Circulating Tumor DNA in Cerebrospinal Fluid as an Early Biomarker of Leptomeningeal Metastasis (LM)

Tissue and Fluid Collection Pilot Study to Develop Circulating Tumor DNA in Cerebrospinal Fluid as an Early Biomarker of LM in Patients With Metastatic Solid Tumor Cancer


Lead Sponsor: Dartmouth-Hitchcock Medical Center

Source Dartmouth-Hitchcock Medical Center
Brief Summary

The purpose of this study is to learn whether the DNA from cancer tumor cells can be found in the cerebral spinal fluid (CSF) that bathes the brain and spinal cord of patients before malignant the cancer cells themselves are able to be found in the CSF. The researchers doing this study hope this information can be used to develop a way to diagnose LM earlier .

Detailed Description

The contents of dead/dying tumor cells can be detected in the bloodstream, and this may be enhanced by the leaky vasculature of solid tumors. Circulating tumor DNA has been detected in plasma from patients with osteosarcoma, breast cancer, and colorectal cancer, and in cerebrospinal fluid from patients with cancer-associated neoplastic meningitis. Until recently, it was impractical to develop an assay to routinely quantify circulating tumor DNA due to heterogeneity between patients and tumors. Advances in genomic technology now permit sequencing a tumor genome to identify patient-specific genomic aberrations. Major genomic alterations (i.e., insertions, amplifications, deletions, inversions, translocations) can be readily detected using PCR primers and probes which will recognize tumor DNA but not normal DNA, permitting creation of a personalized assay to quantify tumor DNA levels in bodily fluids. We therefore propose a pilot study to determine whether circulating tumor DNA levels increase in CSF prior to cytological evidence of LM in patients with a history of cancer originating from a visceral organ.

Overall Status Active, not recruiting
Start Date May 2014
Completion Date June 30, 2020
Primary Completion Date March 31, 2020
Study Type Observational
Primary Outcome
Measure Time Frame
Tumor DNA detectability and cytological confirmation of leptomeningeal metastasis. one year
Secondary Outcome
Measure Time Frame
Comparison of circulating tumor DNA levels in CSF with levels in plasma. one year
Correlation of circulating tumor DNA levels and patient survival. one year
Circulating tumor DNA detection in CSF of patients with cytological evidence of leptomeningeal metastasis. one year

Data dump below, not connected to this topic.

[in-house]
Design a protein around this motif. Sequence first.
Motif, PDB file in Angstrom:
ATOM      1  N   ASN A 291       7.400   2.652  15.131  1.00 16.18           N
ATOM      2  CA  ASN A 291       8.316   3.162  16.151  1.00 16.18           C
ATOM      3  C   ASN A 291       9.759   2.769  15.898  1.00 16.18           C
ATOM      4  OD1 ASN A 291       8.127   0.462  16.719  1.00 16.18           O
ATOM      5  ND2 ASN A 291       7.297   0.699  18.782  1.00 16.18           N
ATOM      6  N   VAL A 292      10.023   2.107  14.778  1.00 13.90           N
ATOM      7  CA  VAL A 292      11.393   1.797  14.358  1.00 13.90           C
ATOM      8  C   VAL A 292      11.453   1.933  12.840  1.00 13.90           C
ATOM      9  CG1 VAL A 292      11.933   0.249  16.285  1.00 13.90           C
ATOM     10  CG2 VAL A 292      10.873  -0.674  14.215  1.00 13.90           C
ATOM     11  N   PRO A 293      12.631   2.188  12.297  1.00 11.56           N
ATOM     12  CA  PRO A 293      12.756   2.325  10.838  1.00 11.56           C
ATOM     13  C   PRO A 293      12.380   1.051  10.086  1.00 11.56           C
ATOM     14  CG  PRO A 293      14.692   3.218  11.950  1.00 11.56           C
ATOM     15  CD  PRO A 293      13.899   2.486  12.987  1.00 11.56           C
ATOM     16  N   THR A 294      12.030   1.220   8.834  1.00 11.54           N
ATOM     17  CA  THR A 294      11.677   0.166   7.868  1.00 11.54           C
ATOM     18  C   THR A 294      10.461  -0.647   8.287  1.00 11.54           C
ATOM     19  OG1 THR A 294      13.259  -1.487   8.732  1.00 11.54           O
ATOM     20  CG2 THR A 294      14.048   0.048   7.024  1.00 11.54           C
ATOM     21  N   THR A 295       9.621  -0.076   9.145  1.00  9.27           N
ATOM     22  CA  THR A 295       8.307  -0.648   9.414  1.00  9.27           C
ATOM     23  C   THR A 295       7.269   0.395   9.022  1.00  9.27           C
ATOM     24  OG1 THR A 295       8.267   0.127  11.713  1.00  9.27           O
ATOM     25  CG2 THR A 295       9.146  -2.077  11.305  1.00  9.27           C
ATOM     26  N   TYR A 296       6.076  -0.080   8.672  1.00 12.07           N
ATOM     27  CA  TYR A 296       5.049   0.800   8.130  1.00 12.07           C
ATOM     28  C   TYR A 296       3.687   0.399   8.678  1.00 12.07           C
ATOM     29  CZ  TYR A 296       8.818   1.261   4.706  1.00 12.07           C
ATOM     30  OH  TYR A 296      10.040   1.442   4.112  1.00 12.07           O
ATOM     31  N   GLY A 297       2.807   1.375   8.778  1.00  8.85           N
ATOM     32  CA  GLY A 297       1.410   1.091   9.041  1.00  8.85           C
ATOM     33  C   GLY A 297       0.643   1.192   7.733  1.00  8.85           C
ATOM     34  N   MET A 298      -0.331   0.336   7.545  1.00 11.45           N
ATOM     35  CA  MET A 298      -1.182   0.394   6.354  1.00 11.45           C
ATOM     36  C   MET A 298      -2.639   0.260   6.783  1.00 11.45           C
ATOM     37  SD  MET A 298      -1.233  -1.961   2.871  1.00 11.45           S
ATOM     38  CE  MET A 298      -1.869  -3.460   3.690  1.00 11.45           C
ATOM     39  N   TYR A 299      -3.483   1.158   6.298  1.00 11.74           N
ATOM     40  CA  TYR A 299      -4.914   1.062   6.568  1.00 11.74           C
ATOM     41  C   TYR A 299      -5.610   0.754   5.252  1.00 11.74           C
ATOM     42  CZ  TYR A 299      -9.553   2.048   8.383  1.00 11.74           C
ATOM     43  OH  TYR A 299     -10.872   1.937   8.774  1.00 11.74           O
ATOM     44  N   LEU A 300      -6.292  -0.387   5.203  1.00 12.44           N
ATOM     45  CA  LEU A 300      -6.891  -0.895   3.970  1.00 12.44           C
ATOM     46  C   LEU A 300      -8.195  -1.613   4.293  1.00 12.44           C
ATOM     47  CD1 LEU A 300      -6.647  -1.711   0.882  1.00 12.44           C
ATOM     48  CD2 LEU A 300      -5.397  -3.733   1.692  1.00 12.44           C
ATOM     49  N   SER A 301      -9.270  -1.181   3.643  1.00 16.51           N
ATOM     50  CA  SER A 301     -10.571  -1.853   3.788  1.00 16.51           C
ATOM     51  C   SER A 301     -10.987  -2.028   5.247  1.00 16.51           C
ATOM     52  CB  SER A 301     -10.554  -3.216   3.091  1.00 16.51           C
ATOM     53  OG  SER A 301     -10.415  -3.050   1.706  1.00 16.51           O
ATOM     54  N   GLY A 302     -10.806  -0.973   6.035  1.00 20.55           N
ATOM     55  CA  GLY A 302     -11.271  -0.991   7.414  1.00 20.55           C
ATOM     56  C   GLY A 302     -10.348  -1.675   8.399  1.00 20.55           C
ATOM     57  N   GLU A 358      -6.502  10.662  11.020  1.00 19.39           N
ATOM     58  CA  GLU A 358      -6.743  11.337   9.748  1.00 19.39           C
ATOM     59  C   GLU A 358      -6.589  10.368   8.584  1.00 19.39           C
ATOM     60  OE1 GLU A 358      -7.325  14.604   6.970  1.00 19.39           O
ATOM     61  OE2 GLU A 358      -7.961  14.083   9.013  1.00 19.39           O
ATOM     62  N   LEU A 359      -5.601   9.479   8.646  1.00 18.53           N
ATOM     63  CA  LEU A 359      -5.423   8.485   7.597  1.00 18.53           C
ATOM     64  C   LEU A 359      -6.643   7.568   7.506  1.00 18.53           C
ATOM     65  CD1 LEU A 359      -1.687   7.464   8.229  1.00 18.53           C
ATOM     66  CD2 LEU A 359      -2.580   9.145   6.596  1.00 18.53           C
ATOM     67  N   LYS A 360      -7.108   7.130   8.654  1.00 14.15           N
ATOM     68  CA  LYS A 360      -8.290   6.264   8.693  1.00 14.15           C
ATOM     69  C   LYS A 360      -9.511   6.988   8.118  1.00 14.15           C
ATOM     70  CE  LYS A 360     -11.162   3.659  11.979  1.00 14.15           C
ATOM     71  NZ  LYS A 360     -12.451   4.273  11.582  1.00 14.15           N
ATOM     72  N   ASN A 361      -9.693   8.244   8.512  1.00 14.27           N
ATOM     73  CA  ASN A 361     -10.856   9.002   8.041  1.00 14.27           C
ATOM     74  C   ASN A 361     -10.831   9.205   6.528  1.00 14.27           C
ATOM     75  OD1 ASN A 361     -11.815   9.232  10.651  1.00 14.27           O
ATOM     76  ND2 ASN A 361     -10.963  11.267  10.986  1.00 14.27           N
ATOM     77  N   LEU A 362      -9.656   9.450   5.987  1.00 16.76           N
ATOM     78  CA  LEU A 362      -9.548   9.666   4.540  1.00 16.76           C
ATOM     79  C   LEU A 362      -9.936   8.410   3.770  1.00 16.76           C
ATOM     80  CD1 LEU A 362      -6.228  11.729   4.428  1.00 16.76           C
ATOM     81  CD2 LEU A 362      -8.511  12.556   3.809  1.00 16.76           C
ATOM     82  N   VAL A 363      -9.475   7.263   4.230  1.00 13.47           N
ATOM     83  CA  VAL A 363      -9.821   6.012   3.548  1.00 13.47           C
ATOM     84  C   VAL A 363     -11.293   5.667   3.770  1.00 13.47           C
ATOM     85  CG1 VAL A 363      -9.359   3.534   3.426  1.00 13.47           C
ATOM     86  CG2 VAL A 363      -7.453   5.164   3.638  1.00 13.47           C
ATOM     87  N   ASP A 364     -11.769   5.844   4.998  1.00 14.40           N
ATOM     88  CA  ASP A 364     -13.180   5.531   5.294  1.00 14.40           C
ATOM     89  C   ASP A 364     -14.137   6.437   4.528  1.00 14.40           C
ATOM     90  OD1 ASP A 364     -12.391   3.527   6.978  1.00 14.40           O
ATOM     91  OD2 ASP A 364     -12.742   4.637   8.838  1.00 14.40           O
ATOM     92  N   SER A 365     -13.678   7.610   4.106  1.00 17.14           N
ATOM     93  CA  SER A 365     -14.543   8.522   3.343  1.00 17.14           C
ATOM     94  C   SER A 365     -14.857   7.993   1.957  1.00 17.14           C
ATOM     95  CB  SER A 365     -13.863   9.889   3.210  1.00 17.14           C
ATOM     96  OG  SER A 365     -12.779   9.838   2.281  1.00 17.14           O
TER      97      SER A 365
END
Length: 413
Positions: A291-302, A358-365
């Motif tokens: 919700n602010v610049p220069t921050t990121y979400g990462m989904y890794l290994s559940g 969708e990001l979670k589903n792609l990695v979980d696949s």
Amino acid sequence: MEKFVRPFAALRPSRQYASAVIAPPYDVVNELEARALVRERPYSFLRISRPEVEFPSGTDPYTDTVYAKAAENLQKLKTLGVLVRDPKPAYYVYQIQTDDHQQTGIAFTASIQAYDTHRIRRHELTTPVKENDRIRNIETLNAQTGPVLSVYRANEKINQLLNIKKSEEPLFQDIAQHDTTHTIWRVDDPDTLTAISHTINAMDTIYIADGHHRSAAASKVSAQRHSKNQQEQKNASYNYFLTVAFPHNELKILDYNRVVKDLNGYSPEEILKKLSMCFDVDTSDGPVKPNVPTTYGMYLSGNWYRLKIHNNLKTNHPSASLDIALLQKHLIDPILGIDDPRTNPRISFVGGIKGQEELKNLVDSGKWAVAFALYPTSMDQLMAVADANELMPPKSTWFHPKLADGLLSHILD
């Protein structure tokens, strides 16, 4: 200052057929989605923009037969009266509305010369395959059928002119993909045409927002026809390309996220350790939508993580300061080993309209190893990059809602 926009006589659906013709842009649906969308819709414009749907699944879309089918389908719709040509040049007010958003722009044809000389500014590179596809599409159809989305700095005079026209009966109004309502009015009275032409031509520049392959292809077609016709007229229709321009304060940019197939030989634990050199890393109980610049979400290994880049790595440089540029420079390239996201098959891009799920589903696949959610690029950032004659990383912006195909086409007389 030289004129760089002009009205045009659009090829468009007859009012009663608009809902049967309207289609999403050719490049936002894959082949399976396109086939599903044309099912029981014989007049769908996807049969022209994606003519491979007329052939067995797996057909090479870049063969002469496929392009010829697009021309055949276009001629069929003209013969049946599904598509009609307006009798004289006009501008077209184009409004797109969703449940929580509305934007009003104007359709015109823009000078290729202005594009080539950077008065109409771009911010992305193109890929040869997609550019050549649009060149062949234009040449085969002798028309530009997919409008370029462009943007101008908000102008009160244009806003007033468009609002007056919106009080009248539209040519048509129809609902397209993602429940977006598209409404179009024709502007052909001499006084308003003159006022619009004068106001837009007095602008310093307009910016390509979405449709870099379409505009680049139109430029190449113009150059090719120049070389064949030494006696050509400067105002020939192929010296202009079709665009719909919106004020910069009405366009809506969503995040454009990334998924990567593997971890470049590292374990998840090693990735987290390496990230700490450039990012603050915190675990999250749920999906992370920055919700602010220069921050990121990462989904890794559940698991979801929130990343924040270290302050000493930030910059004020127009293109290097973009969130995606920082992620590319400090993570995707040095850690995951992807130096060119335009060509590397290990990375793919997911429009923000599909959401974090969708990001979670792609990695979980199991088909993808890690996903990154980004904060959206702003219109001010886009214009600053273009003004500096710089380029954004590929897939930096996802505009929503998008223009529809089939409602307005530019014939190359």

Circulating tumor DNA identification in the CSF of patients prior to diagnosis of leptomeningeal metastasis. one year
Measurement of circulating tumor DNA levels and cancer cell numbers in CSF following initiation of intrathecal chemotherapy for leptomeningeal metastasis. one year
Enrollment 5

Sampling Method: Non-Probability Sample


Inclusion Criteria:

1. Patient must have a previously diagnosed solid tumor malignancy originating from a visceral organ (i.e., outside of the CNS), and present with signs and/or symptoms consistent with carcinomatous meningitis (headache, vision dysfunction, hearing loss, cranial nerve deficit, cognitive dysfunction, focal weakness or numbness suggestive of cranial neuropathy or radiculopathy, cauda equine syndrome, meningismus, and/or bowel or bladder dysfunction).

2. Age ≥ 18 years.

3. Patients will meet accepted standard of care and follow FDA guidance for low molecular weight heparin use prior to lumbar puncture, specifically INR < 1.4 and PT within normal range for DHMC laboratory, and platelet count >50,000. For enoxaparin use, delay of Lumbar puncture to allow at least 12 hours after administration of prophylactic doses, such as those used for prevention of deep vein thrombosis. Longer delays (24 hours) are appropriate to consider for patients receiving higher therapeutic doses of enoxaparin (1 mg/kg twice daily or 1.5 mg/kg once daily). A postprocedure dose of enoxaparin should usually be given no sooner than 4 hours after lumbar puncture. Aspirin and other antiplatelet therapy is permitted without timing constraints prior to or after lumbar puncture.

4. Patient must consent to provide up to additional CSF (10 mL) and blood (10 mL) when these fluids are drawn as part of clinically indicated procedures.

5. Patient must consent to permit genetic analysis of their cancer.

6. Patient capable of giving informed consent.

7. MRI of clinically symptomatic area (spine and/or brain) and/or head CT within the last 3 months to exclude brain disease that would contraindicate lumbar puncture.

Exclusion Criteria:

1. Evidence of a CNS mass creating mass‐effect or midline shift such that lumbar puncture is contraindicated.

2. Previous or current hematological malignancy.

3. Previous or current primary CNS malignancy.

4. Prior treatment for CNS metastasis.

5. Known CNS autoimmune or inflammatory disease (i.e., Multiple Sclerosis, neurosarcoidosis, chronic fungal, rickettsial or bacterial meningitis).

6. Patient is currently receiving treatment for LM.

7. Patient was previously diagnosed with LM.

Gender: All

Minimum Age: 18 Years

Maximum Age: N/A

Healthy Volunteers: No

Overall Official
Last Name Role Affiliation
Lara K Ronan, MD Principal Investigator Dartmouth-Hitchcock Medical Center
Facility: Dartmouth-Hitchcock Medical Center
Location Countries

United States

Verification Date

October 2019

Responsible Party

Type: Principal Investigator

Investigator Affiliation: Dartmouth-Hitchcock Medical Center

Investigator Full Name: Lara K. Ronan

Investigator Title: Assistant Professor Neuro-Oncology

Has Expanded Access No
Condition Browse
Arm Group

Label: history of visceral cancer

Study Design Info

Observational Model: Case-Only

Time Perspective: Prospective